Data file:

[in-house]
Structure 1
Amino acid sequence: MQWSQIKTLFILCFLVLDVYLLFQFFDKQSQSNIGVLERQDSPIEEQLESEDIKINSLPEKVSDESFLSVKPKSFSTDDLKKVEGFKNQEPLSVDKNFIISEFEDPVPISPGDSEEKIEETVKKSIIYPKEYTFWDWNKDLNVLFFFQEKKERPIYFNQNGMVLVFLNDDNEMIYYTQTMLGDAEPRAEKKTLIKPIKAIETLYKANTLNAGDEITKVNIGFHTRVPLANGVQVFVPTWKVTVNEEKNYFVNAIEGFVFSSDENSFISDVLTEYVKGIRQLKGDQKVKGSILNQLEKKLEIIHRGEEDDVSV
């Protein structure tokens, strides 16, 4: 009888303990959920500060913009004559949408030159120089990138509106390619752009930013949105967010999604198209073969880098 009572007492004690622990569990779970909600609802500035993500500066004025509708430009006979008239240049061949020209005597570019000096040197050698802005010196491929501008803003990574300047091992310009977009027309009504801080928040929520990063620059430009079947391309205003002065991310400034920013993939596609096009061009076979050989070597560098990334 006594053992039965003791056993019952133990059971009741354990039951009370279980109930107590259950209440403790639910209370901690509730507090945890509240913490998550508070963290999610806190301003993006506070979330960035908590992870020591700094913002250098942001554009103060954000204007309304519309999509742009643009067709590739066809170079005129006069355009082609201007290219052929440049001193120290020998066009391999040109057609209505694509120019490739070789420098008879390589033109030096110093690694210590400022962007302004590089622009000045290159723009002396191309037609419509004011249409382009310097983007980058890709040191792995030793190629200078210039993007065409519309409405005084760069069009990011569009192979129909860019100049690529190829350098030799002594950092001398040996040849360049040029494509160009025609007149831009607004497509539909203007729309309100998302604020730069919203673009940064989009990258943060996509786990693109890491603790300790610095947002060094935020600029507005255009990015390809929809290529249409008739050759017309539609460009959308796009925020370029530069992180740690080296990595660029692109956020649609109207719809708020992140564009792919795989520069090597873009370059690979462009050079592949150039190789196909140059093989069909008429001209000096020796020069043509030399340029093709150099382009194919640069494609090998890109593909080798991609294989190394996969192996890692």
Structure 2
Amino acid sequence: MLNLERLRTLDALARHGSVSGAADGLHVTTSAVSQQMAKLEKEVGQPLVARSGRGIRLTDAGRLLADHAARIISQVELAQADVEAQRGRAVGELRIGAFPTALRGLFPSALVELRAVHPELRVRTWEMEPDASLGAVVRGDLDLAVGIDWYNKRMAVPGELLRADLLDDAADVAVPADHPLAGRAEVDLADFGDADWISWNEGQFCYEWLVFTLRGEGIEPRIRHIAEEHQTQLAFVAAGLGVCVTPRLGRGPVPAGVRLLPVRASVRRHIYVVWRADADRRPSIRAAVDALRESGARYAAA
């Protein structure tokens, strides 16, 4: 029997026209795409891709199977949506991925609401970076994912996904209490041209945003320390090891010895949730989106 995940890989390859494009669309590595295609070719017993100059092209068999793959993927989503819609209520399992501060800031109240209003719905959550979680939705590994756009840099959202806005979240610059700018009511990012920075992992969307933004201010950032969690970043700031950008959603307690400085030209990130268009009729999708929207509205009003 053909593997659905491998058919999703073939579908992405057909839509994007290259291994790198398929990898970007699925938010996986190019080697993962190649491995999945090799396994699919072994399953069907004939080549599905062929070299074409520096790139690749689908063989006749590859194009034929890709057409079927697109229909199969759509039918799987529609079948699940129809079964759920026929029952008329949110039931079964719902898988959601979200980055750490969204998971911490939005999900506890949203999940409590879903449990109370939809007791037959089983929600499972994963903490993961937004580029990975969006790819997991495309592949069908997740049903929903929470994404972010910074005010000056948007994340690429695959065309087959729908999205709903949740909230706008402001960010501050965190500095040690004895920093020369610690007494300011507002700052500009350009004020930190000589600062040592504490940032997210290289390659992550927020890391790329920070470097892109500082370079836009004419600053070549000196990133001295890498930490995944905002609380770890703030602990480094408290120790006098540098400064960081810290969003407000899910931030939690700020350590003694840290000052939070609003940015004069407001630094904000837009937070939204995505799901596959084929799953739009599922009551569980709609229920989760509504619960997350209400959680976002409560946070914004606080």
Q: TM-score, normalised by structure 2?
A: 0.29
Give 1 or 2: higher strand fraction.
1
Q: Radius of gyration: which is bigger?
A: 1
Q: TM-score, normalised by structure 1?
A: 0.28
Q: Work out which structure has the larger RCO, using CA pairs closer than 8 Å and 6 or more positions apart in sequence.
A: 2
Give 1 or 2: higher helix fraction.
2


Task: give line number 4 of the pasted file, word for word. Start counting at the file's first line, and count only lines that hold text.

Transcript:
């Protein structure tokens, strides 16, 4: 009888303990959920500060913009004559949408030159120089990138509106390619752009930013949105967010999604198209073969880098 009572007492004690622990569990779970909600609802500035993500500066004025509708430009006979008239240049061949020209005597570019000096040197050698802005010196491929501008803003990574300047091992310009977009027309009504801080928040929520990063620059430009079947391309205003002065991310400034920013993939596609096009061009076979050989070597560098990334 006594053992039965003791056993019952133990059971009741354990039951009370279980109930107590259950209440403790639910209370901690509730507090945890509240913490998550508070963290999610806190301003993006506070979330960035908590992870020591700094913002250098942001554009103060954000204007309304519309999509742009643009067709590739066809170079005129006069355009082609201007290219052929440049001193120290020998066009391999040109057609209505694509120019490739070789420098008879390589033109030096110093690694210590400022962007302004590089622009000045290159723009002396191309037609419509004011249409382009310097983007980058890709040191792995030793190629200078210039993007065409519309409405005084760069069009990011569009192979129909860019100049690529190829350098030799002594950092001398040996040849360049040029494509160009025609007149831009607004497509539909203007729309309100998302604020730069919203673009940064989009990258943060996509786990693109890491603790300790610095947002060094935020600029507005255009990015390809929809290529249409008739050759017309539609460009959308796009925020370029530069992180740690080296990595660029692109956020649609109207719809708020992140564009792919795989520069090597873009370059690979462009050079592949150039190789196909140059093989069909008429001209000096020796020069043509030399340029093709150099382009194919640069494609090998890109593909080798991609294989190394996969192996890692």